[ Parent ]
They don't really need 60 votes by lm (4.00 / 2) #15 Wed Feb 17, 2010 at 09:17:58 PM EST
The Democrats in the Senate are just being pussies. They don't like conflict.

There is no more degenerate kind of state than that in which the richest are supposed to be the best.
Cicero, The Republic
[ Parent ]
I can't see by garlic (2.00 / 0) #19 Thu Feb 18, 2010 at 08:58:10 AM EST
how they can get anything done without a cloture vote, which requires 60 votes. And as far as I can determine, the rules for fillibustering may not require anyone to actually fillibuster anymore so it's pretty easy to do. forcing the filibuster doesn't seem like it'd would provide any good camera shots. Not that they're making any progress anyway I guess.

[ Parent ]
Lots of ways by lm (2.00 / 0) #21 Thu Feb 18, 2010 at 04:22:00 PM EST
One way is that senate majority leader can not only require an actual filibuster (i.e., someone debating the issue at hand) but can also require such debate to be germane to the question under consideration.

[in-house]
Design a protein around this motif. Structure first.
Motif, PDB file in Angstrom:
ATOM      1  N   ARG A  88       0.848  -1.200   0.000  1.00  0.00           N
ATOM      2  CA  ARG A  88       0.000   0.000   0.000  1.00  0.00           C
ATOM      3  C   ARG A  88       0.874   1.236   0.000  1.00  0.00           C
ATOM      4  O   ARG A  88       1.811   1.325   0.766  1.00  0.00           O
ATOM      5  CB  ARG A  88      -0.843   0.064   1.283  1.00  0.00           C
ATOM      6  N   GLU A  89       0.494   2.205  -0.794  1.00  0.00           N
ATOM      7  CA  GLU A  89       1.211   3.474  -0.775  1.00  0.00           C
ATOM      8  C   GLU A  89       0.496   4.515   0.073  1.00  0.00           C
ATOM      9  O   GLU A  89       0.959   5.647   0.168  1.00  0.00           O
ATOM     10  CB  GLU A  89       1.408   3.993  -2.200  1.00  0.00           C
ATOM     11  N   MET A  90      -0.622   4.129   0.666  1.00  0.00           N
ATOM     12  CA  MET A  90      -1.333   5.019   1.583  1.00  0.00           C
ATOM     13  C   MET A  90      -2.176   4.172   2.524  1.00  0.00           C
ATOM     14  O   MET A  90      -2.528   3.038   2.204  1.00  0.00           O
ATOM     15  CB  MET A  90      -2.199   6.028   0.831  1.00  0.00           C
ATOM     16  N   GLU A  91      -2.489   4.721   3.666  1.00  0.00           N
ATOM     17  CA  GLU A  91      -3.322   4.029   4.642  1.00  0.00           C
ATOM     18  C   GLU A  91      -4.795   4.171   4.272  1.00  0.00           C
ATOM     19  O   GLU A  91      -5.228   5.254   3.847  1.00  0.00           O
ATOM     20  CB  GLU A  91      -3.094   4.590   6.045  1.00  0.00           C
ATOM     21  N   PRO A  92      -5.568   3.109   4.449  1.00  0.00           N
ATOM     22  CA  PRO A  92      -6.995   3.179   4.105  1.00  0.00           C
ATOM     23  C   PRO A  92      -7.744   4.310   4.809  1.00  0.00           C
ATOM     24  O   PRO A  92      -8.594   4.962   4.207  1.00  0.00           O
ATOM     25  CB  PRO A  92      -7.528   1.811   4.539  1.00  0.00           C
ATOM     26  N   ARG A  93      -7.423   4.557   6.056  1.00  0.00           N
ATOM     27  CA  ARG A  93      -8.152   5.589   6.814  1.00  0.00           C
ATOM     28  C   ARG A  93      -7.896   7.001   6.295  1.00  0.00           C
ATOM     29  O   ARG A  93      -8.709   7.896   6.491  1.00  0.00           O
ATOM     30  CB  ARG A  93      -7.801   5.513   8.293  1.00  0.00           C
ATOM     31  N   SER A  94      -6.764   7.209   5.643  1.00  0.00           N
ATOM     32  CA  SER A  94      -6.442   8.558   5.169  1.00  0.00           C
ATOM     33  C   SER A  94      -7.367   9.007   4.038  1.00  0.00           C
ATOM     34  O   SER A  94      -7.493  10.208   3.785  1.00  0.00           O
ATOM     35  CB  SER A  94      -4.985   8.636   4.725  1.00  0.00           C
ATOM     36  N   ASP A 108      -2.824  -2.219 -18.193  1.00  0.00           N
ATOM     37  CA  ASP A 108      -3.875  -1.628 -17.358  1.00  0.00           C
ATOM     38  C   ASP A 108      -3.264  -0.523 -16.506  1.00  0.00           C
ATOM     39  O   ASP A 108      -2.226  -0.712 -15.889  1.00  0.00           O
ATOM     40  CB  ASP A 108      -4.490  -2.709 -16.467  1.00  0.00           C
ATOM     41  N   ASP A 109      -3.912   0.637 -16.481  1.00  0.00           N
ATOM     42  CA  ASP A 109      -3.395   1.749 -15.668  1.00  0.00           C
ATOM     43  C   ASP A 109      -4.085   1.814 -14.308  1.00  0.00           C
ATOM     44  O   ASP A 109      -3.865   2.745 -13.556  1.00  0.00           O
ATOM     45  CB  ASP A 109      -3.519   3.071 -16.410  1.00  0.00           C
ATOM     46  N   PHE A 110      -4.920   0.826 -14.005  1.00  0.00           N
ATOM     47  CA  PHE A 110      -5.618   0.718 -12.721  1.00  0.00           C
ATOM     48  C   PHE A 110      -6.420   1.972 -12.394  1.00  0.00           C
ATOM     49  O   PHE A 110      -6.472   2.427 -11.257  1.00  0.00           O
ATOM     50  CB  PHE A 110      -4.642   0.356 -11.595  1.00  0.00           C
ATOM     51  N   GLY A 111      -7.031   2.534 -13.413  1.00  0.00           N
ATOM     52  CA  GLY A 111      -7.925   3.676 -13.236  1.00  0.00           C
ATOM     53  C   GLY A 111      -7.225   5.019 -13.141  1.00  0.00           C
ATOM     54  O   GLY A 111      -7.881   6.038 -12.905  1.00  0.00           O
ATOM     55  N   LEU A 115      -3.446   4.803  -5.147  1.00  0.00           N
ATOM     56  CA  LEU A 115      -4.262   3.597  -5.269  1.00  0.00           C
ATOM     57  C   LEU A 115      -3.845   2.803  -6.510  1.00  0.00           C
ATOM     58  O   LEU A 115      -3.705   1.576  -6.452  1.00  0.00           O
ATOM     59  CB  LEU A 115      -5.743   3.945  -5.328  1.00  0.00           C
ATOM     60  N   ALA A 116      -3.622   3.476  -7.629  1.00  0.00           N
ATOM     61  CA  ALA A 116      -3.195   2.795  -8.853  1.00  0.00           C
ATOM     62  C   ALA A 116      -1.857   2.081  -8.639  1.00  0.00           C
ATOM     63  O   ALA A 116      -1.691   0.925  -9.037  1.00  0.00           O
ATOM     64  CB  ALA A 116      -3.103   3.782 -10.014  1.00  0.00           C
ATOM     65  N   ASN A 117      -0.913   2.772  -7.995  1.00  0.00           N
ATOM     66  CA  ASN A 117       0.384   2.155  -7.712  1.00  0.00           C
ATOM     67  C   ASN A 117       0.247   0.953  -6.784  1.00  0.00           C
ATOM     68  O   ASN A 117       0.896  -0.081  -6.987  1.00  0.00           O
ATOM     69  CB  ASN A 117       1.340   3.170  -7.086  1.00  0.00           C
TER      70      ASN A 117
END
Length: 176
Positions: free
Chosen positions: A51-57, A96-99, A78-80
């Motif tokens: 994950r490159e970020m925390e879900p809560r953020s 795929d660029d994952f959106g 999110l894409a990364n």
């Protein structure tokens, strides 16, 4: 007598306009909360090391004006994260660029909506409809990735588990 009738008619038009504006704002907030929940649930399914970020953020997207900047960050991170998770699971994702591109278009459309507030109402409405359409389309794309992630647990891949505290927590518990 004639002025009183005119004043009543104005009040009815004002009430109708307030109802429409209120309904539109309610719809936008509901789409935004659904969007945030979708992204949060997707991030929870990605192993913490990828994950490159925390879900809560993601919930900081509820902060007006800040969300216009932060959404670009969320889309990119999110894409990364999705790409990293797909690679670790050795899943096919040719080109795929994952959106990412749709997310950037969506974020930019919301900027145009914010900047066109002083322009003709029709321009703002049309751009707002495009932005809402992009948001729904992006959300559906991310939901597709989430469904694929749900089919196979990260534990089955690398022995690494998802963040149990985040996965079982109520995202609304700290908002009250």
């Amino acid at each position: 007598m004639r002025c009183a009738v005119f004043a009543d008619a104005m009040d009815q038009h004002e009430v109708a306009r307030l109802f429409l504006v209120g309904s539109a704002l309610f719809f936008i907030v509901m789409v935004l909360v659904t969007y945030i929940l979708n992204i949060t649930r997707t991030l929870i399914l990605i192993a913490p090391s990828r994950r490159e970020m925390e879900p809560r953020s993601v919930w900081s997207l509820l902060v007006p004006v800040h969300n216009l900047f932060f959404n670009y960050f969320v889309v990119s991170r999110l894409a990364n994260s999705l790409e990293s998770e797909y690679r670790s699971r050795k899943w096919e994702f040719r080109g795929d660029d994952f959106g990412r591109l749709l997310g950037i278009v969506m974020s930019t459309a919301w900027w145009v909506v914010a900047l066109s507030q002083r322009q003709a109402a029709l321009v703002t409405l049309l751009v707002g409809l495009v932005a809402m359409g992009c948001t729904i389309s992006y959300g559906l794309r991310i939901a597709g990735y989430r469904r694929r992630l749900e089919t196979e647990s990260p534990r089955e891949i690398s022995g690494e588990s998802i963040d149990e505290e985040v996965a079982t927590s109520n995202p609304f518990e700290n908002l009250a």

Another way is to bring the legislation to the floor piece by piece and, by doing so, forcing those opposed to filibuster each piece of the legislation and thereby go on record as being opposed to the more popular bits.

Then there are options like keeping the Senate in session 24x7 with a presence of at least 51 Democratic legislators.

Then there is the so called `nuclear' option.

The well runs deep with possible parliamentary maneuvers. The Democrats in the Senate have barely even looked into various possibilities because most are overly concerned with keeping up the appearance of comity.

There is no more degenerate kind of state than that in which the richest are supposed to be the best.
Cicero, The Republic
[ Parent ]
articles I've read by garlic (2.00 / 0) #22 Fri Feb 19, 2010 at 08:52:47 AM EST
say that parliamentary procedure doesn't work such that they can require an actual filibuster, or germane debate.

[ Parent ]
Which articles? by lm (2.00 / 0) #23 Fri Feb 19, 2010 at 03:21:10 PM EST
As for germaneness consider the Pastore rule combined with the fact that a legislative day is a logical day rather than a calendar day.

As for requiring the filibustering senator to actually speak, there is, to my knowledge, no rule that allows for this but rather it is merely a convenience. If so, then the majority leader could certainly require it to happen.